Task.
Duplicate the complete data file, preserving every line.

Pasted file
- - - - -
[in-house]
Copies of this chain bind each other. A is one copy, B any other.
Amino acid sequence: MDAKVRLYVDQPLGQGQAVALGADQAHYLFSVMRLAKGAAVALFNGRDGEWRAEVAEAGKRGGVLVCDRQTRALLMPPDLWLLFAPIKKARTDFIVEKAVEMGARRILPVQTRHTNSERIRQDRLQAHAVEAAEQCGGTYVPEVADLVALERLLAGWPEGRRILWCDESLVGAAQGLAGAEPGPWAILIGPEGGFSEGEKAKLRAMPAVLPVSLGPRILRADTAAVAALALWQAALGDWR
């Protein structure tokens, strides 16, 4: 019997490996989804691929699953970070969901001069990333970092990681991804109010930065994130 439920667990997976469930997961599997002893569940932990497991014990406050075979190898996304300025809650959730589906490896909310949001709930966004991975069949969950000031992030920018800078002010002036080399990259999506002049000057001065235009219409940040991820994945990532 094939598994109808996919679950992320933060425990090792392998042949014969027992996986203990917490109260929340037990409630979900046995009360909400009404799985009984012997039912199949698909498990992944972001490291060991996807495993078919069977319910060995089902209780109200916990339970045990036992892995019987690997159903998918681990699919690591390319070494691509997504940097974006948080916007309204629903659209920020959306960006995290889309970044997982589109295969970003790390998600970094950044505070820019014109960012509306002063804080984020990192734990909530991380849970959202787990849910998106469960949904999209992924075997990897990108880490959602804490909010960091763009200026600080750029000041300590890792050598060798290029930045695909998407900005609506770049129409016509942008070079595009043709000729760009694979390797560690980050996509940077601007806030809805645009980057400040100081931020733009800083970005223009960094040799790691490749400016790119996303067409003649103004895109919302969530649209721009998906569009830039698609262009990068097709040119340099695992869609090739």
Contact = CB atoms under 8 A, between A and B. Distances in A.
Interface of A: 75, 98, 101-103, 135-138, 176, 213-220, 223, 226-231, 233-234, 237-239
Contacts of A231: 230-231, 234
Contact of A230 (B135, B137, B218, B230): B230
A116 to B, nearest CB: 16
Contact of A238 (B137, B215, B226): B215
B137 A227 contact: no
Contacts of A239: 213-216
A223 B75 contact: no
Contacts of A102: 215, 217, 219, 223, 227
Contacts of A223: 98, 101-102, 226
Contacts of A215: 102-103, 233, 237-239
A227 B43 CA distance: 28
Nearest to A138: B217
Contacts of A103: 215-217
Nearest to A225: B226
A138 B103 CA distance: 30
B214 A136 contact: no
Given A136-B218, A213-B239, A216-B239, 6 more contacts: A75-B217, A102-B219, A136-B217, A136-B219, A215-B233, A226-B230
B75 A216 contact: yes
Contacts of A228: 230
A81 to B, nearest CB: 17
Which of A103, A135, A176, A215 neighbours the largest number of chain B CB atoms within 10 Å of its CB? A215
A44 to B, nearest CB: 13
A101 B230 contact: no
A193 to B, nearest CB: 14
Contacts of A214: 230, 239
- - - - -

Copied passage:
[in-house]
Copies of this chain bind each other. A is one copy, B any other.
Amino acid sequence: MDAKVRLYVDQPLGQGQAVALGADQAHYLFSVMRLAKGAAVALFNGRDGEWRAEVAEAGKRGGVLVCDRQTRALLMPPDLWLLFAPIKKARTDFIVEKAVEMGARRILPVQTRHTNSERIRQDRLQAHAVEAAEQCGGTYVPEVADLVALERLLAGWPEGRRILWCDESLVGAAQGLAGAEPGPWAILIGPEGGFSEGEKAKLRAMPAVLPVSLGPRILRADTAAVAALALWQAALGDWR
């Protein structure tokens, strides 16, 4: 019997490996989804691929699953970070969901001069990333970092990681991804109010930065994130 439920667990997976469930997961599997002893569940932990497991014990406050075979190898996304300025809650959730589906490896909310949001709930966004991975069949969950000031992030920018800078002010002036080399990259999506002049000057001065235009219409940040991820994945990532 094939598994109808996919679950992320933060425990090792392998042949014969027992996986203990917490109260929340037990409630979900046995009360909400009404799985009984012997039912199949698909498990992944972001490291060991996807495993078919069977319910060995089902209780109200916990339970045990036992892995019987690997159903998918681990699919690591390319070494691509997504940097974006948080916007309204629903659209920020959306960006995290889309970044997982589109295969970003790390998600970094950044505070820019014109960012509306002063804080984020990192734990909530991380849970959202787990849910998106469960949904999209992924075997990897990108880490959602804490909010960091763009200026600080750029000041300590890792050598060798290029930045695909998407900005609506770049129409016509942008070079595009043709000729760009694979390797560690980050996509940077601007806030809805645009980057400040100081931020733009800083970005223009960094040799790691490749400016790119996303067409003649103004895109919302969530649209721009998906569009830039698609262009990068097709040119340099695992869609090739």
Contact = CB atoms under 8 A, between A and B. Distances in A.
Interface of A: 75, 98, 101-103, 135-138, 176, 213-220, 223, 226-231, 233-234, 237-239
Contacts of A231: 230-231, 234
Contact of A230 (B135, B137, B218, B230): B230
A116 to B, nearest CB: 16
Contact of A238 (B137, B215, B226): B215
B137 A227 contact: no
Contacts of A239: 213-216
A223 B75 contact: no
Contacts of A102: 215, 217, 219, 223, 227
Contacts of A223: 98, 101-102, 226
Contacts of A215: 102-103, 233, 237-239
A227 B43 CA distance: 28
Nearest to A138: B217
Contacts of A103: 215-217
Nearest to A225: B226
A138 B103 CA distance: 30
B214 A136 contact: no
Given A136-B218, A213-B239, A216-B239, 6 more contacts: A75-B217, A102-B219, A136-B217, A136-B219, A215-B233, A226-B230
B75 A216 contact: yes
Contacts of A228: 230
A81 to B, nearest CB: 17
Which of A103, A135, A176, A215 neighbours the largest number of chain B CB atoms within 10 Å of its CB? A215
A44 to B, nearest CB: 13
A101 B230 contact: no
A193 to B, nearest CB: 14
Contacts of A214: 230, 239